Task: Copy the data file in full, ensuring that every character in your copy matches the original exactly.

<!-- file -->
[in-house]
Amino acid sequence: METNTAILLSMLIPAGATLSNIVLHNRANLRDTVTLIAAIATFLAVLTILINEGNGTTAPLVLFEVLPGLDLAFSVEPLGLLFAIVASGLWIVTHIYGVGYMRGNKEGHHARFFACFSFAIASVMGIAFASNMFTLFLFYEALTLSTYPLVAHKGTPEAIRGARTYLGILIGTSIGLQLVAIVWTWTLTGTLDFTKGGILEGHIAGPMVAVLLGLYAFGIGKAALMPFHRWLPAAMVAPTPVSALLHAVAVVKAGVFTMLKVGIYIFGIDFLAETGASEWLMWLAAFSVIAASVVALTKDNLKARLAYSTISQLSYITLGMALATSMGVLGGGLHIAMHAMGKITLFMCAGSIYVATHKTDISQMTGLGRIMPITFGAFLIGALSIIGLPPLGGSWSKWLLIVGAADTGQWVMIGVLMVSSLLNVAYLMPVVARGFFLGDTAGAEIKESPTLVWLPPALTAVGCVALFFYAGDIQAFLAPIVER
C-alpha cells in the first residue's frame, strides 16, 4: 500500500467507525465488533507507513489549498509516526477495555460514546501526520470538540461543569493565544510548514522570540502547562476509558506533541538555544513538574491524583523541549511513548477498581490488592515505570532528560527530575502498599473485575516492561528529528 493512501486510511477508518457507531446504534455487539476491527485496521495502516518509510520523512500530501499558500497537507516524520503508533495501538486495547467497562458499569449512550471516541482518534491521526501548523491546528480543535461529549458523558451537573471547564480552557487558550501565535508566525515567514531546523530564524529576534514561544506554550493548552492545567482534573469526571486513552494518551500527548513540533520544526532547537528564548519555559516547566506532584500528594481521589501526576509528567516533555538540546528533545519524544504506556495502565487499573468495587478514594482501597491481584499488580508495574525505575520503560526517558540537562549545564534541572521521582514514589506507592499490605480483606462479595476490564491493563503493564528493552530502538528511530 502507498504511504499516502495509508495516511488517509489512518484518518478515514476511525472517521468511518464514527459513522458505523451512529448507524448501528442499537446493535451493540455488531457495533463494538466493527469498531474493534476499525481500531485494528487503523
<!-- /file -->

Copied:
[in-house]
Amino acid sequence: METNTAILLSMLIPAGATLSNIVLHNRANLRDTVTLIAAIATFLAVLTILINEGNGTTAPLVLFEVLPGLDLAFSVEPLGLLFAIVASGLWIVTHIYGVGYMRGNKEGHHARFFACFSFAIASVMGIAFASNMFTLFLFYEALTLSTYPLVAHKGTPEAIRGARTYLGILIGTSIGLQLVAIVWTWTLTGTLDFTKGGILEGHIAGPMVAVLLGLYAFGIGKAALMPFHRWLPAAMVAPTPVSALLHAVAVVKAGVFTMLKVGIYIFGIDFLAETGASEWLMWLAAFSVIAASVVALTKDNLKARLAYSTISQLSYITLGMALATSMGVLGGGLHIAMHAMGKITLFMCAGSIYVATHKTDISQMTGLGRIMPITFGAFLIGALSIIGLPPLGGSWSKWLLIVGAADTGQWVMIGVLMVSSLLNVAYLMPVVARGFFLGDTAGAEIKESPTLVWLPPALTAVGCVALFFYAGDIQAFLAPIVER
C-alpha cells in the first residue's frame, strides 16, 4: 500500500467507525465488533507507513489549498509516526477495555460514546501526520470538540461543569493565544510548514522570540502547562476509558506533541538555544513538574491524583523541549511513548477498581490488592515505570532528560527530575502498599473485575516492561528529528 493512501486510511477508518457507531446504534455487539476491527485496521495502516518509510520523512500530501499558500497537507516524520503508533495501538486495547467497562458499569449512550471516541482518534491521526501548523491546528480543535461529549458523558451537573471547564480552557487558550501565535508566525515567514531546523530564524529576534514561544506554550493548552492545567482534573469526571486513552494518551500527548513540533520544526532547537528564548519555559516547566506532584500528594481521589501526576509528567516533555538540546528533545519524544504506556495502565487499573468495587478514594482501597491481584499488580508495574525505575520503560526517558540537562549545564534541572521521582514514589506507592499490605480483606462479595476490564491493563503493564528493552530502538528511530 502507498504511504499516502495509508495516511488517509489512518484518518478515514476511525472517521468511518464514527459513522458505523451512529448507524448501528442499537446493535451493540455488531457495533463494538466493527469498531474493534476499525481500531485494528487503523